Agabu Shane*, Shabbir H. Gheewala and George Kasali
Abstract: Despite research work and implementation of biogas having started as early as in the 1980s, Zambia has lagged behind in the adoption and use of biogas in the sub-Saharan Africa. The study established that there is a theoretical biogaspotential of 76PJ per annum from animal manure and crop residues. This is sufficient to provide energy for cooking and lighting in more than 3 million households. Lack of funding, lack of policy, regulatory framework and strategies on biogas, unfavorable investor monetary policy, inadequate expertise, lack of awareness of the benefits of biogas technology among leaders, financial institutions and locals, resistance to change due cultural and traditions of the locals, high installation and maintenance costs of biogas digesters, inadequate research and development, improper management and lack of monitoring of installed digesters, complexity of the carbon market, lack of incentives and social equity are among the challenges that have derailed the adoption and sustainable implementation of domestic biogas production in Zambia. Unless these are addressed, it is unlikely that the biogas sector in Zambia will flourish.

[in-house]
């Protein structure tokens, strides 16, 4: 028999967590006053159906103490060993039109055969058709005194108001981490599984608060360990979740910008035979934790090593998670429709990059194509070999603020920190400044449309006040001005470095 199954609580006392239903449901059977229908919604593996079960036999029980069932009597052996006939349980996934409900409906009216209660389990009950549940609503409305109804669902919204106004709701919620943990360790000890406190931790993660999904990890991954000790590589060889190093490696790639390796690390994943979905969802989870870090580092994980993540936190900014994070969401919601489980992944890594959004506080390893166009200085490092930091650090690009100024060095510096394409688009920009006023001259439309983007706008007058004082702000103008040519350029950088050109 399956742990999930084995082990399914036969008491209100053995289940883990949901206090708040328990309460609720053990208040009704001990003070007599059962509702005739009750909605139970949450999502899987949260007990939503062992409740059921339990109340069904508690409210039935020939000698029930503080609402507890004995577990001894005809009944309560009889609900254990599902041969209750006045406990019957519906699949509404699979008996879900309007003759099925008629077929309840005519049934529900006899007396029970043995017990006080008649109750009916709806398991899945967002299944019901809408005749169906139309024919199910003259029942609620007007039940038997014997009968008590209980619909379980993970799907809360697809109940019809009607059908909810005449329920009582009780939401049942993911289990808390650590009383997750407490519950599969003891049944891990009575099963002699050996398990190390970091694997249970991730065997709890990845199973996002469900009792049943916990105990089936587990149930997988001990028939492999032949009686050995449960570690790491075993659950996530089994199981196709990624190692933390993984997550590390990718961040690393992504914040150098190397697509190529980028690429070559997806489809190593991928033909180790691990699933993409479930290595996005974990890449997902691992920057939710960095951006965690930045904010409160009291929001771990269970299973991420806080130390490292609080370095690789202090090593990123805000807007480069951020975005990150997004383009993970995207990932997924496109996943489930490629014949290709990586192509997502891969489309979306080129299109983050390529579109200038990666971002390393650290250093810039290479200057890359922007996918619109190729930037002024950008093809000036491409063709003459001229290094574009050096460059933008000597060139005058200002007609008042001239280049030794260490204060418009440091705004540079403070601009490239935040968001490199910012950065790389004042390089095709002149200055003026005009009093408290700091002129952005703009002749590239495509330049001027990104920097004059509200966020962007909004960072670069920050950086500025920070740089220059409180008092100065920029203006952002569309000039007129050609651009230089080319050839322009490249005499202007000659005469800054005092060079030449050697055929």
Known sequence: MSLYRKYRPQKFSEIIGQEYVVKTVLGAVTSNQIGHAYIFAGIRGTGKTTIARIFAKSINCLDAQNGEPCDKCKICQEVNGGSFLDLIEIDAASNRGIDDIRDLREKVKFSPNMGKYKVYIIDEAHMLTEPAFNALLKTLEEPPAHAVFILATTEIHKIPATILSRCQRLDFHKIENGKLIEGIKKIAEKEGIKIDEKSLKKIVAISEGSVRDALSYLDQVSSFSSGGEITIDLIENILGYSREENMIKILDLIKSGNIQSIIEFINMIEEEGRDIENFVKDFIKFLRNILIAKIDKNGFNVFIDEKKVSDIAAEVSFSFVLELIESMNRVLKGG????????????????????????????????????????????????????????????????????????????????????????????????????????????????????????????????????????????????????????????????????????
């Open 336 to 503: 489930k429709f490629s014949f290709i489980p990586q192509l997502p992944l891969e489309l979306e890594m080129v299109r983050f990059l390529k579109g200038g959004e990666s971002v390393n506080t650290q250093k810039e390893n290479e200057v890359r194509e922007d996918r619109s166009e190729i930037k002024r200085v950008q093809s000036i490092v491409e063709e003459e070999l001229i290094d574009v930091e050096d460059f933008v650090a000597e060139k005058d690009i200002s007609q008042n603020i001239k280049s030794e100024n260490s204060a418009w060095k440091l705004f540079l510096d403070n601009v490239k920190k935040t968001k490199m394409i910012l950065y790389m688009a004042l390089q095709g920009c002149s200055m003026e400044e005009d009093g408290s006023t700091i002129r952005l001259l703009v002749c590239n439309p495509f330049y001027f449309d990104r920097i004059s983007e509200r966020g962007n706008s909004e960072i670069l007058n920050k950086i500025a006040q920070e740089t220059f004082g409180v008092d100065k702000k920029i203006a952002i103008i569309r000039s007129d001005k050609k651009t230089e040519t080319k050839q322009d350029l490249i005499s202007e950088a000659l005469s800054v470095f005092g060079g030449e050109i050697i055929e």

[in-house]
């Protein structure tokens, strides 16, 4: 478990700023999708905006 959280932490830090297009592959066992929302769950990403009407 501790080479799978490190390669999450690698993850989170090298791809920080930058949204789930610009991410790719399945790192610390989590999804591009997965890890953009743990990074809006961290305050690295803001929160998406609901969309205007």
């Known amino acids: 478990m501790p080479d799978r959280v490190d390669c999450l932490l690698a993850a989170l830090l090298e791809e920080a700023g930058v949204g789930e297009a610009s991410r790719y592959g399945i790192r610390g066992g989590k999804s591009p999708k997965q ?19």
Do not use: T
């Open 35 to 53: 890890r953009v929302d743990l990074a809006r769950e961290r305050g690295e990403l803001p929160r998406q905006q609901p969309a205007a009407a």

Keywords: Biogas, Potential, Social, Technical, Economic, Challenges, Zambia.